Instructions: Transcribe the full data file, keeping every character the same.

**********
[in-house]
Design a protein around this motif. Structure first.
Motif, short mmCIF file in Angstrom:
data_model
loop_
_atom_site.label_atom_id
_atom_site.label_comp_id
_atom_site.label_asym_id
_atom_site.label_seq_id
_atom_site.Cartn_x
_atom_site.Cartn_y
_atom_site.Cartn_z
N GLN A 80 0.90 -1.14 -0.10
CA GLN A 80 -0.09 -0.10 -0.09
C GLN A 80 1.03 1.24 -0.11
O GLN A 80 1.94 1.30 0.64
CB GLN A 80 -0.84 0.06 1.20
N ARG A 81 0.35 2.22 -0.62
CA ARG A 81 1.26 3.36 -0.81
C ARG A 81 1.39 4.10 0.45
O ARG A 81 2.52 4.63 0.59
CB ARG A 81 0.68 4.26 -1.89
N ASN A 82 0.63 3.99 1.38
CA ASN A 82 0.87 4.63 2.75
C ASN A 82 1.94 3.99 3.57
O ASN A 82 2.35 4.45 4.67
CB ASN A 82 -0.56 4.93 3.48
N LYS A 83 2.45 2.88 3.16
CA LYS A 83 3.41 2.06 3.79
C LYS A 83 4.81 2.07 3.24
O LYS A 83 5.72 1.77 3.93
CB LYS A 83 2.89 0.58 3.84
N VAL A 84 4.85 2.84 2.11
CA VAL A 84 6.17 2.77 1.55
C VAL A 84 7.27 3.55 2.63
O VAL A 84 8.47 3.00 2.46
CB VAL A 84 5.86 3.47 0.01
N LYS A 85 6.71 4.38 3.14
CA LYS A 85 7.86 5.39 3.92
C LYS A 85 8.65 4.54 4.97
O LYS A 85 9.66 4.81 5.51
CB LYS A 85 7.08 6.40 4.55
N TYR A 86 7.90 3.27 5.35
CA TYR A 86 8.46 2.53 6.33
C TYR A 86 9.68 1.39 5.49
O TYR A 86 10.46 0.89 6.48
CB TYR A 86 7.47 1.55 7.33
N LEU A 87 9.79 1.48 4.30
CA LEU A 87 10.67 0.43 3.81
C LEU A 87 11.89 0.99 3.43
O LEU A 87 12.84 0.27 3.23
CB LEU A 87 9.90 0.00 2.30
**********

[in-house]
Design a protein around this motif. Structure first.
Motif, short mmCIF file in Angstrom:
data_model
loop_
_atom_site.label_atom_id
_atom_site.label_comp_id
_atom_site.label_asym_id
_atom_site.label_seq_id
_atom_site.Cartn_x
_atom_site.Cartn_y
_atom_site.Cartn_z
N GLN A 80 0.90 -1.14 -0.10
CA GLN A 80 -0.09 -0.10 -0.09
C GLN A 80 1.03 1.24 -0.11
O GLN A 80 1.94 1.30 0.64
CB GLN A 80 -0.84 0.06 1.20
N ARG A 81 0.35 2.22 -0.62
CA ARG A 81 1.26 3.36 -0.81
C ARG A 81 1.39 4.10 0.45
O ARG A 81 2.52 4.63 0.59
CB ARG A 81 0.68 4.26 -1.89
N ASN A 82 0.63 3.99 1.38
CA ASN A 82 0.87 4.63 2.75
C ASN A 82 1.94 3.99 3.57
O ASN A 82 2.35 4.45 4.67
CB ASN A 82 -0.56 4.93 3.48
N LYS A 83 2.45 2.88 3.16
CA LYS A 83 3.41 2.06 3.79
C LYS A 83 4.81 2.07 3.24
O LYS A 83 5.72 1.77 3.93
CB LYS A 83 2.89 0.58 3.84
N VAL A 84 4.85 2.84 2.11
CA VAL A 84 6.17 2.77 1.55
C VAL A 84 7.27 3.55 2.63
O VAL A 84 8.47 3.00 2.46
CB VAL A 84 5.86 3.47 0.01
N LYS A 85 6.71 4.38 3.14
CA LYS A 85 7.86 5.39 3.92
C LYS A 85 8.65 4.54 4.97
O LYS A 85 9.66 4.81 5.51
CB LYS A 85 7.08 6.40 4.55
N TYR A 86 7.90 3.27 5.35
CA TYR A 86 8.46 2.53 6.33
C TYR A 86 9.68 1.39 5.49
O TYR A 86 10.46 0.89 6.48
CB TYR A 86 7.47 1.55 7.33
N LEU A 87 9.79 1.48 4.30
CA LEU A 87 10.67 0.43 3.81
C LEU A 87 11.89 0.99 3.43
O LEU A 87 12.84 0.27 3.23
CB LEU A 87 9.90 0.00 2.30